Comparable data, much cheaper
The idea for using environmental biofilms to identify a C. parvum contamination source first occurred to Jellison during her work with the Philadelphia Water Department on the detection of Cryptosporidium in the Wissahickon and Schuykill watersheds.
The EPA-approved filtration-based methods used to test the water sources were expensive and the results were inconsistent. According to Jellison, one filter could cost as much as $120.00. That may not sound like a large sum, but considering the limited resources of many municipal water departments–and the number of filters that might be needed to accurately detect the source of a C. parvum contamination–it represents a serious obstacle.
“Recovery using current methods depends on variables such as the cleanliness of water and the skill of the person doing the testing,” says Jellison. “C. parvum can be present in the water in very small amounts. You can check a 10 Liter sample and not detect the parasite. But it could be present in the water.”
In her work testing the watersheds near Philadelphia, Jellison would scrape biofilms off of rocks both upstream and downstream of a suspected C. parvum contamination location and then test the samples in her lab at Lehigh. Over time, the biofilm samples provided comparable data to the approved filtration method – but at much lower cost.
“Being able to test the water accurately and in more places increases the likelihood of identifying the contamination source and decreases the chance that thousands of people will become infected,” says Jellison.
Jellison’s downstream biofilm samples contained more oocysts than the samples taken from rocks upstream of suspected point sources. However, there was no way to identify when the oocysts attached. The clues provided by the biofilms were important for confirming that C. parvum was entering the water at particular locations, but not much help in revealing when the contamination events occurred.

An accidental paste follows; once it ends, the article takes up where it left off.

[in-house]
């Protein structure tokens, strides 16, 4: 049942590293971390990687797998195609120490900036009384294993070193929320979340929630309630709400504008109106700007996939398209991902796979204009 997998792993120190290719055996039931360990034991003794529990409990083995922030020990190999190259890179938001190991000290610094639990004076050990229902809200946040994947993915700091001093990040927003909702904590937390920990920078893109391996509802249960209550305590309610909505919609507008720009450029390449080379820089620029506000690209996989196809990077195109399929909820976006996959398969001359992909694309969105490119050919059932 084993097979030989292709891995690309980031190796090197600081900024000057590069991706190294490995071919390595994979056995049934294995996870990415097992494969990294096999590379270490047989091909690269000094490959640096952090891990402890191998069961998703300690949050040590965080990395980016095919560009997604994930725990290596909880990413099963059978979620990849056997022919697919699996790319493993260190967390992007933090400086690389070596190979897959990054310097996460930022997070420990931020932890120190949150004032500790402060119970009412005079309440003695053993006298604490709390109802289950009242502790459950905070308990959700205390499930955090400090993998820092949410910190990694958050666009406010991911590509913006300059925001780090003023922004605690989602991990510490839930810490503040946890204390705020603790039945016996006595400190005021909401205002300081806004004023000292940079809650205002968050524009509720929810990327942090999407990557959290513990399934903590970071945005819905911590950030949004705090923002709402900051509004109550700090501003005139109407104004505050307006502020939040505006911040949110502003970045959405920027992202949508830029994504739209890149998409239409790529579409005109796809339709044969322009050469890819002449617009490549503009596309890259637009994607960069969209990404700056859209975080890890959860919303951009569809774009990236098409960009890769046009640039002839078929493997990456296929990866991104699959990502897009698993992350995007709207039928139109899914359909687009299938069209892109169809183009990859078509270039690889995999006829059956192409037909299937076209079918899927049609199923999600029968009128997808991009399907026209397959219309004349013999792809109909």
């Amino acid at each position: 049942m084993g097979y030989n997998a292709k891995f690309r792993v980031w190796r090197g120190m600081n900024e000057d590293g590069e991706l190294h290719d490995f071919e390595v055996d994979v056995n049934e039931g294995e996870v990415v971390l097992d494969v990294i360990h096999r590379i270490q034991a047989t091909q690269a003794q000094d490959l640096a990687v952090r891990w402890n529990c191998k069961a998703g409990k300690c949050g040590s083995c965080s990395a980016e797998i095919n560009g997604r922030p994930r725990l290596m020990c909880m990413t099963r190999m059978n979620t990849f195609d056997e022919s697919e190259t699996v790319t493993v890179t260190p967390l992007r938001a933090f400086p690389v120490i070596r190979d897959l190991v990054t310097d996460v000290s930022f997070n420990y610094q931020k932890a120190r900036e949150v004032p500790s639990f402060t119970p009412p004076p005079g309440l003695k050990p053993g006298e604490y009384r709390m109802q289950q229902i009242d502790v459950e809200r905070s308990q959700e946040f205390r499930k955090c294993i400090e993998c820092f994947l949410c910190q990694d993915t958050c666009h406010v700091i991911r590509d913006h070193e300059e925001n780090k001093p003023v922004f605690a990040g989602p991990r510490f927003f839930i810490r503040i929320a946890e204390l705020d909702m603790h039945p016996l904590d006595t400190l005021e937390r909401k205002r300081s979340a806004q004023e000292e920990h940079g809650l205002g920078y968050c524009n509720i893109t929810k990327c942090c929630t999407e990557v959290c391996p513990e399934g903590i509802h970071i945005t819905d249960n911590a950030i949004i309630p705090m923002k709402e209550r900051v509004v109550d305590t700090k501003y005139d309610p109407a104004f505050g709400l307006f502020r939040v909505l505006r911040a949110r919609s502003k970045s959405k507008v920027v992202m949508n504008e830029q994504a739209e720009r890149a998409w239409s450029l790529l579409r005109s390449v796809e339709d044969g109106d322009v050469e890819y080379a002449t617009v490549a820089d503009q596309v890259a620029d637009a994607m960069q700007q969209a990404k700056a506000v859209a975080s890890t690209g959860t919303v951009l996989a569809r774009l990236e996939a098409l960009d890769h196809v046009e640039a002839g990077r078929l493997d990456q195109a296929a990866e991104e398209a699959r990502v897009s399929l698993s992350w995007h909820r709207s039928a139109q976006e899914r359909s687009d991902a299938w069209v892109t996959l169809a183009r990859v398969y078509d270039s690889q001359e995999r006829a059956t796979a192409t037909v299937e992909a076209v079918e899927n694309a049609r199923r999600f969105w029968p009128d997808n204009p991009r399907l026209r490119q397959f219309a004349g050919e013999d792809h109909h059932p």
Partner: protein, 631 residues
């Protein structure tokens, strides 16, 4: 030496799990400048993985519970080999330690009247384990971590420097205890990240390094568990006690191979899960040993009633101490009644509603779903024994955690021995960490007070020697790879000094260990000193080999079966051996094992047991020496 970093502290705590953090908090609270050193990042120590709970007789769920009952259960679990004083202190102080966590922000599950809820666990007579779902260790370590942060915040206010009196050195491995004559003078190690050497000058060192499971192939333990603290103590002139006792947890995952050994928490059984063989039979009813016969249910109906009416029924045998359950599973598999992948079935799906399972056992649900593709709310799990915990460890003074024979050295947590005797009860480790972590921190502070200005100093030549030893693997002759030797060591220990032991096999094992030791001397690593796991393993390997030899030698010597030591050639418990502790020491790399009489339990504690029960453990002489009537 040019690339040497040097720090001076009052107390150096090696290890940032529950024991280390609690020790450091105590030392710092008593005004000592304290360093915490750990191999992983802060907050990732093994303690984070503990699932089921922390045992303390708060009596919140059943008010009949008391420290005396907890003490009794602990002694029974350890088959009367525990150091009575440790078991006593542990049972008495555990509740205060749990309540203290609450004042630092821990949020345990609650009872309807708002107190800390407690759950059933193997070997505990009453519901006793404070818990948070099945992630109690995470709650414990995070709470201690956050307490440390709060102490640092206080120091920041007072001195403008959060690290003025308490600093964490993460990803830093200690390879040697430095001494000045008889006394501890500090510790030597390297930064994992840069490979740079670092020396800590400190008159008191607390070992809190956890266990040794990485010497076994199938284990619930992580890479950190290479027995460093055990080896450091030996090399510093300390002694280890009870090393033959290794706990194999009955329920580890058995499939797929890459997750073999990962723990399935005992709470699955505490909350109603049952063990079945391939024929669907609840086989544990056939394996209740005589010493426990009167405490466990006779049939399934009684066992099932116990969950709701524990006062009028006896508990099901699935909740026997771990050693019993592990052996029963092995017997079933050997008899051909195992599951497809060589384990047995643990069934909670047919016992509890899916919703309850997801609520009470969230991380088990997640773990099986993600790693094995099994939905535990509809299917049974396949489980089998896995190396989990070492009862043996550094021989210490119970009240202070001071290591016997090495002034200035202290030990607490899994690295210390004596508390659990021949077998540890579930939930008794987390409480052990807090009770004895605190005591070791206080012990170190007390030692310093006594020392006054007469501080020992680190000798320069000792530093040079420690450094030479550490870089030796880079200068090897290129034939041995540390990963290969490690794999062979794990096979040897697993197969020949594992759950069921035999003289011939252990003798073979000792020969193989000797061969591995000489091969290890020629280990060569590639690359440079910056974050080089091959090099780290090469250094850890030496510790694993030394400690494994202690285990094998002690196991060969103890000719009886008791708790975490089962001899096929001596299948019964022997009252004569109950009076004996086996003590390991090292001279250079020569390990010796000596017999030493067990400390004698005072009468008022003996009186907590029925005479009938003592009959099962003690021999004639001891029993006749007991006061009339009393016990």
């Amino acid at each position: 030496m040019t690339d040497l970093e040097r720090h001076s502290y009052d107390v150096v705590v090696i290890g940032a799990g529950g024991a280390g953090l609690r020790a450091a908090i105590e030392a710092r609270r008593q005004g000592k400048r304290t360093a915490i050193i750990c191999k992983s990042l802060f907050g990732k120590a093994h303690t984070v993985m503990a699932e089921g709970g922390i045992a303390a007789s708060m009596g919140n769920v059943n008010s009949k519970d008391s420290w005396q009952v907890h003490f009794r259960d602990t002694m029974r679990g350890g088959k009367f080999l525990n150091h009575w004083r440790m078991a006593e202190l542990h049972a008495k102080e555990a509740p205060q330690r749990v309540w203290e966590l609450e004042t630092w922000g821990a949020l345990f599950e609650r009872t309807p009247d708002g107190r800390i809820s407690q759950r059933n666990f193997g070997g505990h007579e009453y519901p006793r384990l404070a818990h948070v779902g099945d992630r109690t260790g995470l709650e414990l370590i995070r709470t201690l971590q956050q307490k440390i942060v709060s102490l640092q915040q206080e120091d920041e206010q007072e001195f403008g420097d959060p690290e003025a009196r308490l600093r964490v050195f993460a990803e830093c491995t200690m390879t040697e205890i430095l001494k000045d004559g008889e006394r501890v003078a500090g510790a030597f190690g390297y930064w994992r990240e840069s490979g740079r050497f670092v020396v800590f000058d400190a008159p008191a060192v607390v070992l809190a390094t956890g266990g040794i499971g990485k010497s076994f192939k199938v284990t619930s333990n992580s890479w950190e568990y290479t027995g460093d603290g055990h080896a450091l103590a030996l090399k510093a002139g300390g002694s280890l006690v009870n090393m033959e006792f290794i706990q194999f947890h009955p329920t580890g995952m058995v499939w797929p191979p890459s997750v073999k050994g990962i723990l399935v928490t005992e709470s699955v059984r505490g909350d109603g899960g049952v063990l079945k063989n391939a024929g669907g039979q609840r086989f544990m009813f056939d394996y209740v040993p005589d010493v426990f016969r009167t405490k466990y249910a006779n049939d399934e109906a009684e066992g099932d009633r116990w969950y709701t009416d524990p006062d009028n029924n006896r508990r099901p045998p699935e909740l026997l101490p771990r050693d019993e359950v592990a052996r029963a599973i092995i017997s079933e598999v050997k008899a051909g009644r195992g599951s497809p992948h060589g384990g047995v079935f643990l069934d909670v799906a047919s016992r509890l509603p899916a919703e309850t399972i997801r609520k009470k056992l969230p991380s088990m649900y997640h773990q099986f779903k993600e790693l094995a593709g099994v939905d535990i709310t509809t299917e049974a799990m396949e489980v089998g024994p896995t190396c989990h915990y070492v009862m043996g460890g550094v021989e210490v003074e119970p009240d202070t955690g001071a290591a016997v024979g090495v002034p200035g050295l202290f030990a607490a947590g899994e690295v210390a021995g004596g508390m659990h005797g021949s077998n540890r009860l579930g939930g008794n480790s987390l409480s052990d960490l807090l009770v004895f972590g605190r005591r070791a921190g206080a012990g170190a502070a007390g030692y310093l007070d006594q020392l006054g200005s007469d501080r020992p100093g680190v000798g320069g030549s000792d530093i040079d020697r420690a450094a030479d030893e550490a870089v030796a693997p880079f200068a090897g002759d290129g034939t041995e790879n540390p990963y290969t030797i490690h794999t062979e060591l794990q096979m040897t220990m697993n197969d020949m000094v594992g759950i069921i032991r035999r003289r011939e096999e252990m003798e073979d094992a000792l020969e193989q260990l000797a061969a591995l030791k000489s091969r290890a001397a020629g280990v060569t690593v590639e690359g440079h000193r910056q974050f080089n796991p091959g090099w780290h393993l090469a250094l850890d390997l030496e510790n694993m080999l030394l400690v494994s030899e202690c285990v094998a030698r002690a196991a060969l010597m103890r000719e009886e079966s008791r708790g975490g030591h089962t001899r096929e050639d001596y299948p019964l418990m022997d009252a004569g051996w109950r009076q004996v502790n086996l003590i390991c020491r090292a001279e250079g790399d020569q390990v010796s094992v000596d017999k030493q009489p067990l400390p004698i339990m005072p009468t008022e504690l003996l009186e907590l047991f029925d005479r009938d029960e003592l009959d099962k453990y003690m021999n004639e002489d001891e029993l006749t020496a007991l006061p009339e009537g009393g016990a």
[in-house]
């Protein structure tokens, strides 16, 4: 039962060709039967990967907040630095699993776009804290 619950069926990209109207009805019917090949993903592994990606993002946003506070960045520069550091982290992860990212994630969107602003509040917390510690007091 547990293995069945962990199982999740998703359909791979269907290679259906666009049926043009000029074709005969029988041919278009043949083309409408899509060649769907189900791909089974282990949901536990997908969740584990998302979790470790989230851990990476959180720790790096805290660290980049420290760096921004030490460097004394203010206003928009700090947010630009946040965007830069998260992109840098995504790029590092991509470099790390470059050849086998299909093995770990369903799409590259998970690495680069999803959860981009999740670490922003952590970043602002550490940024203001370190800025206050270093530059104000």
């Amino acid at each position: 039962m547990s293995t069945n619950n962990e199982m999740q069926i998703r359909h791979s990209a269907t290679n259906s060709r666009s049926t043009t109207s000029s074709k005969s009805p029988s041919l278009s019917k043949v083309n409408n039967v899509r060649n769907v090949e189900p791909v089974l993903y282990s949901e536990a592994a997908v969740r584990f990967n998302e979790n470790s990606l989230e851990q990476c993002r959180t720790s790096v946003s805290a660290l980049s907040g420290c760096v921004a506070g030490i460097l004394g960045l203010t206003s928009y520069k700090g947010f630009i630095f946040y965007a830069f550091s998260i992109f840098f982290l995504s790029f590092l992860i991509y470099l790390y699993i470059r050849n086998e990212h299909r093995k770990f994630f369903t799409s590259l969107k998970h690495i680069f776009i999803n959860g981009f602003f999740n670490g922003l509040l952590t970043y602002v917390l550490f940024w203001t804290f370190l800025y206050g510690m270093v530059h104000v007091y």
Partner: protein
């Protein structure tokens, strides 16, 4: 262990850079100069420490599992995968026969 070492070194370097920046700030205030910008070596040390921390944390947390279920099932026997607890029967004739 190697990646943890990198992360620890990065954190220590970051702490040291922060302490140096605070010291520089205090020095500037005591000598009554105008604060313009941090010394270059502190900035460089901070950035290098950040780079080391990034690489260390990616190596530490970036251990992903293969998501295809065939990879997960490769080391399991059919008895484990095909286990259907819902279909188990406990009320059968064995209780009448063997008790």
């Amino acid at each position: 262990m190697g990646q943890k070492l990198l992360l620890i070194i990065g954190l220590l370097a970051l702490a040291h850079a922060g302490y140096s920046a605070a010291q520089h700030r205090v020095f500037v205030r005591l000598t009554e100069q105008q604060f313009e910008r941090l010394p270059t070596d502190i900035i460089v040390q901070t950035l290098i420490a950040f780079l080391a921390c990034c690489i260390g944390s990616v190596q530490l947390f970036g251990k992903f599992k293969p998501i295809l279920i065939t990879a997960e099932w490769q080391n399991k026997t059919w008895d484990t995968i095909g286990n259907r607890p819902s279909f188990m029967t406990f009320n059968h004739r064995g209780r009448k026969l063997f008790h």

If Jellison could figure out when, precisely, the oocysts attached, she would be better able to identify patterns of oocyst contamination which would enable more effective source water protection strategies.
Designing materials to maximize attachment
That is where Jedlicka comes in. Jedlicka–a materials scientist who says she “comes from a field of designing surfaces to illicit behavior in cells”–does the mathematical modeling that enables the duo to calculate the attachment efficiency of C. parvum to biofilms.
“We need an understanding of the chemistry behind the binding process to know what designs will work best,” says Jedlicka.
Jedlicka’s ability to calculate the binding force is what led to the demonstration of a calcium-mediated binding process.
“When we took the calcium out, the binding efficiency went down significantly, which is one way we knew that calcium is important to binding,” says Jedlicka.
In addition to contributing to improved detection methods, creating a surface design that maximizes the attachment of oocysts has other implications as well.
“If we can identify the binding mechanism that enables C. parvum to ‘stick’ to biofilms, we can create an improved means to remove it,” says Jellison. “Understanding the mechanism could even open the door to preventing the parasite from binding in the intestine and making people sick.”
Among the team’s next steps is investigating the other chemical processes involved in the binding, in addition to calcium. They also plan to test their model under a number of conditions, including hydrodynamic sheer stresses.
Their ultimate goal, however, remains clear.
“If we can help utilities find a way to monitor multiple points in the watershed instead of just a few, they can put their limited resources to more effective use,” says Jellison.
“Until then,” says Jedlicka, “we’ll just keep asking ridiculously hard science questions.”